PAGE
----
The Australian Government should operate a program under which it will enter into low fixed-price (for example, $45–50/MWh) energy offtake agreements for the later years (say 6–15) of appropriate new generation projects which meet certain criteria. In doing so, project developers will be able to secure debt finance for projects where they do not have sufficient offtake commitments from
C&I customers for later years of projects. This will encourage new entry, promote competition and enable C&I customers to access low-cost new generation.
The program should operate for at least a four-year period, with support provided for qualifying projects. To qualify, a project proposal must:
* have at least three customers who have committed to acquire energy from the project for at least the first five years of operation
* not involve any existing retail or wholesale market participant with a significant market share (say a share of 10 per cent or more in any NEM region)
* be of sufficient capacity to serve the needs of a number of large customers
* be capable of providing a firm product so that it can meet the needs of C&I customers.
Spot on again Terrence. Some are good at digging up the dirt. And the fact she gets $25’000 for the schtick is pretty sad.
Though apparently she is donated the cash to a homeless shelter. So good on her for that.
refers to Sharri Markson’s “scoop” on the Joyce affair.
Her ‘credentials’ are of the same ilk as the paper tht she works for.
The IA link is interesting as, not only did Sharri not break the Joyce/Campion story first, she appears to have withheld the story from the New England electorate in the by-election held on 2 December 2017. Markson and other media intentionally held off on the story until the seat, critical to the Government’s hold on the lower house of Federal Parliament, had been secured by Joyce.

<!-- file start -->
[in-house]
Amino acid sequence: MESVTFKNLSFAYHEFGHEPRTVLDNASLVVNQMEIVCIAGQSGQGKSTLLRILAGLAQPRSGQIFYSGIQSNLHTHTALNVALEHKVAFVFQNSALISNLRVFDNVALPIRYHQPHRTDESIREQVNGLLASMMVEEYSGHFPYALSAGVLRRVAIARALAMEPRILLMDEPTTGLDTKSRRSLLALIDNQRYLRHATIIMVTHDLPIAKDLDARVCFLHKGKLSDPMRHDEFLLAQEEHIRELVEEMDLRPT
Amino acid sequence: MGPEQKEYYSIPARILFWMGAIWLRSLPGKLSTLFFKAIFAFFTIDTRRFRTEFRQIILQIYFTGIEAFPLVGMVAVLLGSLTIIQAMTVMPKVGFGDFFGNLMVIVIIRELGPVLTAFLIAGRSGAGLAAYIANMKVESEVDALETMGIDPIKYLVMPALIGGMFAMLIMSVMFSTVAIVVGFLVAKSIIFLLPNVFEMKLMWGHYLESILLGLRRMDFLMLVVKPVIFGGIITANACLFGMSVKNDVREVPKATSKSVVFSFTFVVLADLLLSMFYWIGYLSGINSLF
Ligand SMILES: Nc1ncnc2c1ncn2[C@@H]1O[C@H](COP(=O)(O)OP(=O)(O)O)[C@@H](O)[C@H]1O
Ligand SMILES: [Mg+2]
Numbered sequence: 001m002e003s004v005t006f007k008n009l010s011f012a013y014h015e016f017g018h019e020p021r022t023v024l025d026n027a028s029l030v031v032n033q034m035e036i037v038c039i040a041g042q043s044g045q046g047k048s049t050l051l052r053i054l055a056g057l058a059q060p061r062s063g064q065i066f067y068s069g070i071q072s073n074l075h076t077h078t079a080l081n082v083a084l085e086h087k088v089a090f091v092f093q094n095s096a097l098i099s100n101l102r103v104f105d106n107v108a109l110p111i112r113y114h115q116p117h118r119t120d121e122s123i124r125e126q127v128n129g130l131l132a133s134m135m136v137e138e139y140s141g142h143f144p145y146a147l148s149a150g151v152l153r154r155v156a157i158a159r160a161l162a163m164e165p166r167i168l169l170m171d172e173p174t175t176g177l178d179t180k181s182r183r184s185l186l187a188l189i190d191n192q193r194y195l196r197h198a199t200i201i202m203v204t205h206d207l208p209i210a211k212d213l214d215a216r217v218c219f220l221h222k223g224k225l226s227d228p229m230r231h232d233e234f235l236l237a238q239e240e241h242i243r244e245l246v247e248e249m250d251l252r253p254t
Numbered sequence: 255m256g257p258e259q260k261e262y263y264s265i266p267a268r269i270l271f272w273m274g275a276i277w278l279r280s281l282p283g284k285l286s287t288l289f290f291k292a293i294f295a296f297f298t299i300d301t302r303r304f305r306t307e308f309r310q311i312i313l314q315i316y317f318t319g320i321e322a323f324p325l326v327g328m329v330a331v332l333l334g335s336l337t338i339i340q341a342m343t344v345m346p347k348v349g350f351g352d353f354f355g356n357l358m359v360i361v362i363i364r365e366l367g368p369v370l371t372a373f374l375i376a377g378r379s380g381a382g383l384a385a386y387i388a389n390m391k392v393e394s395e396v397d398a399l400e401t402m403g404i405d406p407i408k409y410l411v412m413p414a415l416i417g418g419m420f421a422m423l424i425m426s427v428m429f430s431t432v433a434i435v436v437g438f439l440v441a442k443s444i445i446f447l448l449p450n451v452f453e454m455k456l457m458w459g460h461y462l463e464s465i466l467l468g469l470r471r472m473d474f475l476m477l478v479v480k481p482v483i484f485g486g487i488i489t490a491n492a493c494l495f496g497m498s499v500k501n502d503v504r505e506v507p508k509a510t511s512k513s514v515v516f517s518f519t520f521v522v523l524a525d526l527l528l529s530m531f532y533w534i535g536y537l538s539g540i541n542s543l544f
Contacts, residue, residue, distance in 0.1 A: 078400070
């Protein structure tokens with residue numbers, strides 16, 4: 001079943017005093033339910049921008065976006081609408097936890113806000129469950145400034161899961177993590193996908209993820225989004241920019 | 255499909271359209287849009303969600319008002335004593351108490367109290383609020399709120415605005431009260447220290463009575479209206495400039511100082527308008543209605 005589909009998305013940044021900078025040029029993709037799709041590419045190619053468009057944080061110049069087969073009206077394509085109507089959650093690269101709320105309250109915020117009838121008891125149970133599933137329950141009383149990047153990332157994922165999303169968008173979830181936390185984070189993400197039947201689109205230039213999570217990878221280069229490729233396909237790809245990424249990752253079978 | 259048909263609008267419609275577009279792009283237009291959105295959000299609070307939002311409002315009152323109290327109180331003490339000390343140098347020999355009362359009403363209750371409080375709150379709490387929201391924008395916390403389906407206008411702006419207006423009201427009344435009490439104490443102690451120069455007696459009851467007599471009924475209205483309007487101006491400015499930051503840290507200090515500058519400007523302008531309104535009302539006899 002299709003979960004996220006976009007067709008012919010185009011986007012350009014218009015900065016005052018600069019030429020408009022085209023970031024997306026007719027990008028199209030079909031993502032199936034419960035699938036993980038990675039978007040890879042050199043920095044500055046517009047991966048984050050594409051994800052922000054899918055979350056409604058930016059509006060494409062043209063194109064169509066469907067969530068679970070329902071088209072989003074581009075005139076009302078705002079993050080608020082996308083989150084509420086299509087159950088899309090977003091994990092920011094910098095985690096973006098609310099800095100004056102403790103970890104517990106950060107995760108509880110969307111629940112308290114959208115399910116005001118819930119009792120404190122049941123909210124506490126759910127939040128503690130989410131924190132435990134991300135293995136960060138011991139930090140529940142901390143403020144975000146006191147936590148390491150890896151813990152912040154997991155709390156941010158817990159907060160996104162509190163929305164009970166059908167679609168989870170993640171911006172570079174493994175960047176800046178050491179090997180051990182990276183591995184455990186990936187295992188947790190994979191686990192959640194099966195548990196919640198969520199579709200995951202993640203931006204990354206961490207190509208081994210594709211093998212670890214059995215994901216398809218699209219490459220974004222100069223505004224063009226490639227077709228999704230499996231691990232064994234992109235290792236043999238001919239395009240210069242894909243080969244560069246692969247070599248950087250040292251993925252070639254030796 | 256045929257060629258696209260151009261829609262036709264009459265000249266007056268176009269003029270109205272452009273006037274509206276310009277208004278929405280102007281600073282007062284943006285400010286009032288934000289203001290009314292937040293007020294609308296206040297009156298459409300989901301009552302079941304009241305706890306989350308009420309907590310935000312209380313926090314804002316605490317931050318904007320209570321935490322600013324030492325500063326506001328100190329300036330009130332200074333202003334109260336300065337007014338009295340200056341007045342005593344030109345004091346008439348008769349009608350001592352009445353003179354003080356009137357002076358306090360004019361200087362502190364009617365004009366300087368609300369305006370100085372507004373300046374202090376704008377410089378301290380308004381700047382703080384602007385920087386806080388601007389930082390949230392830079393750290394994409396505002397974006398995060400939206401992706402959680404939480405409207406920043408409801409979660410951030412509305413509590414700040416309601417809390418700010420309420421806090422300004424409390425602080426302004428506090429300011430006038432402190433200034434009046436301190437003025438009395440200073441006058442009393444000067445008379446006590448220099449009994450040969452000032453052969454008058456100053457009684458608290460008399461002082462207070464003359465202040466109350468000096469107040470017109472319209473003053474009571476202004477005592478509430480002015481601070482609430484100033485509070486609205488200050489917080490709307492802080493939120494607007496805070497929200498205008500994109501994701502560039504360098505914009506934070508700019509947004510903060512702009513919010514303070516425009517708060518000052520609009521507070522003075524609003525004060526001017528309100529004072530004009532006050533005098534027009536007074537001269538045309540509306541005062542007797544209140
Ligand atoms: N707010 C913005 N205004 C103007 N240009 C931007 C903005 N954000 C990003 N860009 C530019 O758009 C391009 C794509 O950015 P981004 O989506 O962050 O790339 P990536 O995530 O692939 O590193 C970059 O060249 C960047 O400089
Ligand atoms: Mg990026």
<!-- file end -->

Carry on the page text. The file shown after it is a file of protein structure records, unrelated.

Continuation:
Ross Jones of Independent Australia wrote this on 19 November when visiting Tamworth to chase up on rumuours that were all around Canberra and the electorate, two weeks before the by-election :
if Sharri Markson knew this and withheld it to assist Barnaby getting back into office, as appears to be the case, should she be receiving an award for breaking the story or should that go to Independent Australia and is there anything in the journalist’s code that deals with reporters who withhold news items for political purposes ?
This will explain how Markson gets an award for anything other than Murdoch career enhancement:
I wonder if the Malware Government have seized upon this clause for Sharri to crow about?
“Government support to make bankable new investment by new players in generation capacity to help commercial and industrial customers and drive competition.”
Could be a godsend to the Adani project!
Keep in mind what we got with a technology neutral/ agnostic policy when it came to NBN.
David, they are talking about recommendation 4…it’s been mentioned a few times today.
See my comment at 1:20 pm
Delta Energy have expressed interest and Clive Palmer was at parliament house today too.
From last year….
“The so-called “clean coal” power generator being promoted by the Coalition has been revealed to be a 2009 proposal from businessman Clive Palmer that would be used to help provide electricity to Galilee coal mines planned by Palmer himself, Gina Rinehart, and Indian group Adani.
Waratah Coal, the company owned by Palmer’s Mineralogy, confirmed to the ABC on Tuesday that it had made an application to the Clean Energy Finance Corporation last Friday to finance a proposed 900MW coal generator that proposes to use an unproven technology, carbon capture and storage.”
Markson is just a robot.
Murdoch programs her, out comes the clatter-clatter of a mechanical process.
POWER PRICING BY THE HALF HOUR??
Yesterday, I had reason to discuss electricity pricing with my retailer POWER POINT.
[It was a 30 minute haggle over 0.5 units of power usage on the hot water circuit that is NOT used because I have solar hot water. The computer said that I had to have the roundup figure rather than the correct round down figure]. AHHHHH!!!!!
I was advised that my meters needed replacement so that I could read my usage every 30 minutes.
This stupid excuse is POWER POINT attempting to get me to “request” replacement at their cost.
The proposed new meters would have the capability of charging for power at the 30 minute instant rate at which the power companies are required to purchase power from the grid.
Naturally as power demand fluctuates during the day, power costs fluctuate in response, rather than the present system of a single unit tariff for all parts of the day.
Here we have the foundations for the next great power cost rise, so that the power retailers can pass on the fluctuating diurnal price to customers … and maximise profits.
The same thing happened about 40 years ago when NECC “upgraded” the meters to pulse supply so that during low load times, the generated power could be directed into heating hot water systems outside the usual 10PM to 6AM period.